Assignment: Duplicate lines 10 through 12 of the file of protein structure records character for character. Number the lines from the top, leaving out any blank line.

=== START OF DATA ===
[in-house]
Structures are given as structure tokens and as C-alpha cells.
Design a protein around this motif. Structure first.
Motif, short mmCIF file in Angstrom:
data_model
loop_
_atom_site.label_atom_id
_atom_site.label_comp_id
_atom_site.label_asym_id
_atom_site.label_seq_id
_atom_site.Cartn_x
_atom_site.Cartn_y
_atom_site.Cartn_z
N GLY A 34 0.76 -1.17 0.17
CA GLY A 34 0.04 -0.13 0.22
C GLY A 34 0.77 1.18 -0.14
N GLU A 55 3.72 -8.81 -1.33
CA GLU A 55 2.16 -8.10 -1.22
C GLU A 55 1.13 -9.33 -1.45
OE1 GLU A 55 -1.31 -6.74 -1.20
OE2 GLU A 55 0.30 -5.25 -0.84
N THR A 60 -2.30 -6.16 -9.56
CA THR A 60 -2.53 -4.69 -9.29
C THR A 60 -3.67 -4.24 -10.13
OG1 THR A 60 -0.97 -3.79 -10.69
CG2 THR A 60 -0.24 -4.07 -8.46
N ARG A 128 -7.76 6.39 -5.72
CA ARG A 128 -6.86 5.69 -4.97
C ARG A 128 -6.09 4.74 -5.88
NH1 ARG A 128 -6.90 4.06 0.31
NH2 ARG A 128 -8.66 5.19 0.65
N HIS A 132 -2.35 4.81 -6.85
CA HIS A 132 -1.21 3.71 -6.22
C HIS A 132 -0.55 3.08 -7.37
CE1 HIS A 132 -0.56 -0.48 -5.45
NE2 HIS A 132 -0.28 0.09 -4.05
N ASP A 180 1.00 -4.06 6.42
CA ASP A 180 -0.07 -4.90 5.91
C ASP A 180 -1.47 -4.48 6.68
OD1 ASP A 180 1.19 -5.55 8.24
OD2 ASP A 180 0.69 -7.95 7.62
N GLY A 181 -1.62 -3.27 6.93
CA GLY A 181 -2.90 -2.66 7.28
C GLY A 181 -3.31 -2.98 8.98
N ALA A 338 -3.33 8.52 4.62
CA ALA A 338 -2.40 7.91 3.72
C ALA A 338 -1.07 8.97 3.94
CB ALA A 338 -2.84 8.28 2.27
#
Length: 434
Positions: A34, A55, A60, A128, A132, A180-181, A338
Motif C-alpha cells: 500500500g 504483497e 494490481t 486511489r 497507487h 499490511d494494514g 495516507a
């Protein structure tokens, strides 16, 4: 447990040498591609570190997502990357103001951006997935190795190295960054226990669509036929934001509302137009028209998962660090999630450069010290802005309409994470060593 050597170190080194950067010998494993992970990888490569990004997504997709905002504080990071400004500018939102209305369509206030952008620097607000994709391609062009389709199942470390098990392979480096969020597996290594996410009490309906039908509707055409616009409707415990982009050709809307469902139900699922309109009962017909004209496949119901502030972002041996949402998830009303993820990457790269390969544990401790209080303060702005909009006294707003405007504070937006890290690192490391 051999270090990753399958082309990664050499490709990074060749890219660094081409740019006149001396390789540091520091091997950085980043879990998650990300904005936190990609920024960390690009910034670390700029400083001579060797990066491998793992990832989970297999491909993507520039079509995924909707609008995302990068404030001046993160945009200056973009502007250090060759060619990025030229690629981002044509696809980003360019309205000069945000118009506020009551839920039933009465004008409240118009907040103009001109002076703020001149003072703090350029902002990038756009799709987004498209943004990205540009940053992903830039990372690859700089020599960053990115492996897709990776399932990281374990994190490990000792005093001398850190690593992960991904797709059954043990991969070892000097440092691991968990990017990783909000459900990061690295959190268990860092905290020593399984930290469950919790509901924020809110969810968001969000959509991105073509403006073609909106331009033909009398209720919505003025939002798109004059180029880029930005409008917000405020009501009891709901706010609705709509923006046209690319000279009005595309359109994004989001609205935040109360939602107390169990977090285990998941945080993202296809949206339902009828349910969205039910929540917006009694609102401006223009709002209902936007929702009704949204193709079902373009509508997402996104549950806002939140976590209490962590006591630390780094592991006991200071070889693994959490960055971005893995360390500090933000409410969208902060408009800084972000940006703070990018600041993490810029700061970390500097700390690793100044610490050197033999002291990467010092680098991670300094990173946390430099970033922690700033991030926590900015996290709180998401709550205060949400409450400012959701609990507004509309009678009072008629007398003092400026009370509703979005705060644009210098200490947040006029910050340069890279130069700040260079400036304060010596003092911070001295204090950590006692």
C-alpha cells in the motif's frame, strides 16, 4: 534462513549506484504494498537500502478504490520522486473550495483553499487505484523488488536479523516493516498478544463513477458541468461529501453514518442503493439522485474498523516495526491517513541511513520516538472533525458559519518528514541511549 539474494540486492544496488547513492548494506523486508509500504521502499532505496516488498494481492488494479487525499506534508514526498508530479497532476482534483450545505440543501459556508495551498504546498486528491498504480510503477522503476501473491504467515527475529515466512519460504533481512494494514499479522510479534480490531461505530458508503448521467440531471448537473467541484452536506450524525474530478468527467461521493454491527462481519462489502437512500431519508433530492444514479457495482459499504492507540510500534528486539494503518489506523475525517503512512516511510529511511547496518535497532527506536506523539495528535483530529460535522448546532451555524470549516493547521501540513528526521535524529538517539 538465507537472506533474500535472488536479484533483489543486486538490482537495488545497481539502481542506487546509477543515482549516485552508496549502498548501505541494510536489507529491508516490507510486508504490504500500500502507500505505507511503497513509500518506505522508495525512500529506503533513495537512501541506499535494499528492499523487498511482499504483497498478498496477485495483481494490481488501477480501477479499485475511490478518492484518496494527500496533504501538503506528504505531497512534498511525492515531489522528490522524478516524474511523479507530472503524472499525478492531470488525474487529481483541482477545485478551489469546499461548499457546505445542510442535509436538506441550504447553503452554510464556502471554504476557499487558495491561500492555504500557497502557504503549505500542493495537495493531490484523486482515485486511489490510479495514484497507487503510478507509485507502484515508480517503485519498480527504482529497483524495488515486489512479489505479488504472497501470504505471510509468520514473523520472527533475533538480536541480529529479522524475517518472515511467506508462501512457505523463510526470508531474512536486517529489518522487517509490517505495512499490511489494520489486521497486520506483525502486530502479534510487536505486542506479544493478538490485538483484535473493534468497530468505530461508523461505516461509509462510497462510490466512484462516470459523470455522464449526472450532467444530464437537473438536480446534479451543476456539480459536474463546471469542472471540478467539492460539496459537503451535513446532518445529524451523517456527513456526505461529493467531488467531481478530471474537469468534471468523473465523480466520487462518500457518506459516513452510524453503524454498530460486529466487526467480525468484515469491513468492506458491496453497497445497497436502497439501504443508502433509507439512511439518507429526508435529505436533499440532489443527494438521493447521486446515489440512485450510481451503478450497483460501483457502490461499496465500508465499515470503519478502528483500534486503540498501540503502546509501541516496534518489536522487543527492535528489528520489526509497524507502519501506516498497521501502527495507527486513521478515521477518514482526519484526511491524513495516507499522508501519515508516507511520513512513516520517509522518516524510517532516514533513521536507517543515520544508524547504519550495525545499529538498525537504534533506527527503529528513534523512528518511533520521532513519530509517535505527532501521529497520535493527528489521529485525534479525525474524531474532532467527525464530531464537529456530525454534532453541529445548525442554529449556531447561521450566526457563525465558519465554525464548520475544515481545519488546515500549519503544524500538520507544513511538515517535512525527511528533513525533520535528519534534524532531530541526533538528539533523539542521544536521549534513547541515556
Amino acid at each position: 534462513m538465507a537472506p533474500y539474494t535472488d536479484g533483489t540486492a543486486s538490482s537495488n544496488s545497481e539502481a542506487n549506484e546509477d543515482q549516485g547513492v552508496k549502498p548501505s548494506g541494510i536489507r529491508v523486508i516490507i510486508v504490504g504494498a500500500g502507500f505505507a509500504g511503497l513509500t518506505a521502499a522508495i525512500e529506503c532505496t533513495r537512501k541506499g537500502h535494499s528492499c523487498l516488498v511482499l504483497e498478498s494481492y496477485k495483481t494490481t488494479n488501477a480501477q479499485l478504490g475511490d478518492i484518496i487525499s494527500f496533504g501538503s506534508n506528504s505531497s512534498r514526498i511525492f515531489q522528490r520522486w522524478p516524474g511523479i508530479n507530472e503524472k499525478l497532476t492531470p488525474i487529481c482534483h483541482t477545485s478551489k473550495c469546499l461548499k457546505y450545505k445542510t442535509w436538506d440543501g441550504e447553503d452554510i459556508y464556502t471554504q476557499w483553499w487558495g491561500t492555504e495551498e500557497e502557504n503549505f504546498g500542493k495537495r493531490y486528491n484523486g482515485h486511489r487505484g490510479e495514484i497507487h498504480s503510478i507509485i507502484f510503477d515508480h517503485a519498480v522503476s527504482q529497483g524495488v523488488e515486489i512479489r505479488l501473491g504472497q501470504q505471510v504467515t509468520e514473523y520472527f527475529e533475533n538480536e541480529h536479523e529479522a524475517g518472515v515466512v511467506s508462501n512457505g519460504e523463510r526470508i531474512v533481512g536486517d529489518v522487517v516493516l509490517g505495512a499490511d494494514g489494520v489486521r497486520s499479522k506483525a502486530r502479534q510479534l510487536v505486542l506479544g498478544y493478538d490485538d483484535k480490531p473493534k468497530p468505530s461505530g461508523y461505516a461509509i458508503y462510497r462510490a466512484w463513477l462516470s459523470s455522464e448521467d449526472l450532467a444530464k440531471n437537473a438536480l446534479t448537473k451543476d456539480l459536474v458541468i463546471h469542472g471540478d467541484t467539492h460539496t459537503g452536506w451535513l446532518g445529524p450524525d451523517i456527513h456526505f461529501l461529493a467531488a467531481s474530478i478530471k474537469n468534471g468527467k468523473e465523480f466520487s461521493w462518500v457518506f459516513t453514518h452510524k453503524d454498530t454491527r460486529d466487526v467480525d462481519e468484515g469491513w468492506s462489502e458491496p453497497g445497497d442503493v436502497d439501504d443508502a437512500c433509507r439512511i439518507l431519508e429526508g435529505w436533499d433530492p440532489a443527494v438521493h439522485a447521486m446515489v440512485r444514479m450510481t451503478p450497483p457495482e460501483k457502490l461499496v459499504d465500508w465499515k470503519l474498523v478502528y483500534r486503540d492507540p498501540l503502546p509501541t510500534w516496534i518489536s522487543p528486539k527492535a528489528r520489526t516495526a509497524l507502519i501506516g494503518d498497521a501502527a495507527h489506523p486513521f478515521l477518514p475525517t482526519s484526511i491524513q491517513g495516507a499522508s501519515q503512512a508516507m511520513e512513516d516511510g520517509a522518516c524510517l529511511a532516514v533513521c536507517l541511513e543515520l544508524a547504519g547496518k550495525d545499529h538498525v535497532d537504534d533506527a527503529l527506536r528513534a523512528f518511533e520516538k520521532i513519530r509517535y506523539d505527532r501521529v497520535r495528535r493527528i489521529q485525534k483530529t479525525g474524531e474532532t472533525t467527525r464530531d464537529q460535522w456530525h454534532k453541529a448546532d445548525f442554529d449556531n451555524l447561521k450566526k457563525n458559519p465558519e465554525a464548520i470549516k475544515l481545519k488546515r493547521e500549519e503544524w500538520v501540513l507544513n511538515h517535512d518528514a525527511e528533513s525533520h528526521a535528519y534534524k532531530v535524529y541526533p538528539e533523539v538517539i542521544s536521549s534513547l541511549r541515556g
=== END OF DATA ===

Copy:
_atom_site.label_seq_id
_atom_site.Cartn_x
_atom_site.Cartn_y